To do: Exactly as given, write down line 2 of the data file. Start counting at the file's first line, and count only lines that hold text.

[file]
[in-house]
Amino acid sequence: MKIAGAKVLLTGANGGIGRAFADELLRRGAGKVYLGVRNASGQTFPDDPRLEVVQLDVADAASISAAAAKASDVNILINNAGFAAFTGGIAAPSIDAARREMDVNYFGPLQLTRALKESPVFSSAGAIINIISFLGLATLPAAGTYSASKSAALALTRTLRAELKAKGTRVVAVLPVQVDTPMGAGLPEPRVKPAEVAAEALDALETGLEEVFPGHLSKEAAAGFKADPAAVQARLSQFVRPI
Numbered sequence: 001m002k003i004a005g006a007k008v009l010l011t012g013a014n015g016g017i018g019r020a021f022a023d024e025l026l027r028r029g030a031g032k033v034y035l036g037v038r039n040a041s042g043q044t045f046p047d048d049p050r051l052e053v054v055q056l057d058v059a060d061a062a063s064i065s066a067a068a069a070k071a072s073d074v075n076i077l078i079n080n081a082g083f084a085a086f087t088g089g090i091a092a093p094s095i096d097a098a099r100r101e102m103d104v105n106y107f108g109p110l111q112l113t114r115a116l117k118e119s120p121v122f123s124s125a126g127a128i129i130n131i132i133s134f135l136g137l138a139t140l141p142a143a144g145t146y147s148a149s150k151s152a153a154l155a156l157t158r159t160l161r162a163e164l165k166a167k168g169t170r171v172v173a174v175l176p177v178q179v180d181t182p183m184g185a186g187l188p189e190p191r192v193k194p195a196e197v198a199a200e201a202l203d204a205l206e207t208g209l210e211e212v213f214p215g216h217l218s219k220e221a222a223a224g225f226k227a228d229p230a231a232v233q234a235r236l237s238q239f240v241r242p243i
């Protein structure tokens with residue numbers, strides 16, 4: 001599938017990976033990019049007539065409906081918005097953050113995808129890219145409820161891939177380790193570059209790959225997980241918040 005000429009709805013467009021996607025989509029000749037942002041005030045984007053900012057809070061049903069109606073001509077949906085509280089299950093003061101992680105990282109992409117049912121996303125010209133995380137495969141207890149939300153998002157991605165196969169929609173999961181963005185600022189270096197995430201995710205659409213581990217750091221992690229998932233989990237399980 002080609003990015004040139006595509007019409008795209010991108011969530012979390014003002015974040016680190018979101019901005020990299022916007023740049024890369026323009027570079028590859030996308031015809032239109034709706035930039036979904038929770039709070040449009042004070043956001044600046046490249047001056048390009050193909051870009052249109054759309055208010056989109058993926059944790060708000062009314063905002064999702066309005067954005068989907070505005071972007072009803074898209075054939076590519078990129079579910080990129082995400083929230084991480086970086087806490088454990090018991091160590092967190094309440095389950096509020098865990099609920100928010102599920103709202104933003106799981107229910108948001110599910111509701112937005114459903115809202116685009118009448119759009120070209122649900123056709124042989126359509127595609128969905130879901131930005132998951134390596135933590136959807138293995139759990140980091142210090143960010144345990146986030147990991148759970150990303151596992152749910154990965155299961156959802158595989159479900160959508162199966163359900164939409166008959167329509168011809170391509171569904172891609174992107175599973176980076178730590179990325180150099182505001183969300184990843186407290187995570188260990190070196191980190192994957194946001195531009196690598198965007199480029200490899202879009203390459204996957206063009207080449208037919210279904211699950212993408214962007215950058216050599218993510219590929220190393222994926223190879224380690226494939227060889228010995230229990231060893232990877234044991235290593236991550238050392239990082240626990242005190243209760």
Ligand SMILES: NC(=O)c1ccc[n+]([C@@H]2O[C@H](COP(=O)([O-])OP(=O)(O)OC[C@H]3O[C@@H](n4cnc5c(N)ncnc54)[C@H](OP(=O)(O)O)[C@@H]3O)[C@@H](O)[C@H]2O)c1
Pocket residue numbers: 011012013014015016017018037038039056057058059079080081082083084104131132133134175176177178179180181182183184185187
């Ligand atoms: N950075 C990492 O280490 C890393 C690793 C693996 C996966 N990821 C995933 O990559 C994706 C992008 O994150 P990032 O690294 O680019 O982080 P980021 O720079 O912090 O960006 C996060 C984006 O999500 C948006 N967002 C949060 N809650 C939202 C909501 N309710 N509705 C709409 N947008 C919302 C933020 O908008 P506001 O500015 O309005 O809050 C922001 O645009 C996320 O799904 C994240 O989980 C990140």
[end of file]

Amino acid sequence: MKIAGAKVLLTGANGGIGRAFADELLRRGAGKVYLGVRNASGQTFPDDPRLEVVQLDVADAASISAAAAKASDVNILINNAGFAAFTGGIAAPSIDAARREMDVNYFGPLQLTRALKESPVFSSAGAIINIISFLGLATLPAAGTYSASKSAALALTRTLRAELKAKGTRVVAVLPVQVDTPMGAGLPEPRVKPAEVAAEALDALETGLEEVFPGHLSKEAAAGFKADPAAVQARLSQFVRPI